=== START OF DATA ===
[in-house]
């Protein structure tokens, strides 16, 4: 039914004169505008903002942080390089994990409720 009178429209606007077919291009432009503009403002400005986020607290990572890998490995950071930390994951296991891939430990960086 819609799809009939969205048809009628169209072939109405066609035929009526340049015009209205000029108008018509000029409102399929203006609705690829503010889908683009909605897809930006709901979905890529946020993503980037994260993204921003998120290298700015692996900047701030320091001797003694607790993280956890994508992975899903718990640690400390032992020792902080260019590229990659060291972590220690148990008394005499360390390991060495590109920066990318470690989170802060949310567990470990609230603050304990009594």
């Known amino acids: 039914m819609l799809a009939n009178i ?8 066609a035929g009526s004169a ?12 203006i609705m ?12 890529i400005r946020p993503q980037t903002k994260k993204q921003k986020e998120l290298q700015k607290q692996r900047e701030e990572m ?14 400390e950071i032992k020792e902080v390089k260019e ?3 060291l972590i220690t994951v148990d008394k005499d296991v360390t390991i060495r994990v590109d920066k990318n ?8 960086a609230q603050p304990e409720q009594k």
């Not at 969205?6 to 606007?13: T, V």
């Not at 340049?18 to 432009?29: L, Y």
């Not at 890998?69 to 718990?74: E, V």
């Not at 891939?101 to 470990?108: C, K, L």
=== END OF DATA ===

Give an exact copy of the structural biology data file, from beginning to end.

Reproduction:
[in-house]
């Protein structure tokens, strides 16, 4: 039914004169505008903002942080390089994990409720 009178429209606007077919291009432009503009403002400005986020607290990572890998490995950071930390994951296991891939430990960086 819609799809009939969205048809009628169209072939109405066609035929009526340049015009209205000029108008018509000029409102399929203006609705690829503010889908683009909605897809930006709901979905890529946020993503980037994260993204921003998120290298700015692996900047701030320091001797003694607790993280956890994508992975899903718990640690400390032992020792902080260019590229990659060291972590220690148990008394005499360390390991060495590109920066990318470690989170802060949310567990470990609230603050304990009594």
């Known amino acids: 039914m819609l799809a009939n009178i ?8 066609a035929g009526s004169a ?12 203006i609705m ?12 890529i400005r946020p993503q980037t903002k994260k993204q921003k986020e998120l290298q700015k607290q692996r900047e701030e990572m ?14 400390e950071i032992k020792e902080v390089k260019e ?3 060291l972590i220690t994951v148990d008394k005499d296991v360390t390991i060495r994990v590109d920066k990318n ?8 960086a609230q603050p304990e409720q009594k």
């Not at 969205?6 to 606007?13: T, V």
């Not at 340049?18 to 432009?29: L, Y």
């Not at 890998?69 to 718990?74: E, V």
């Not at 891939?101 to 470990?108: C, K, L």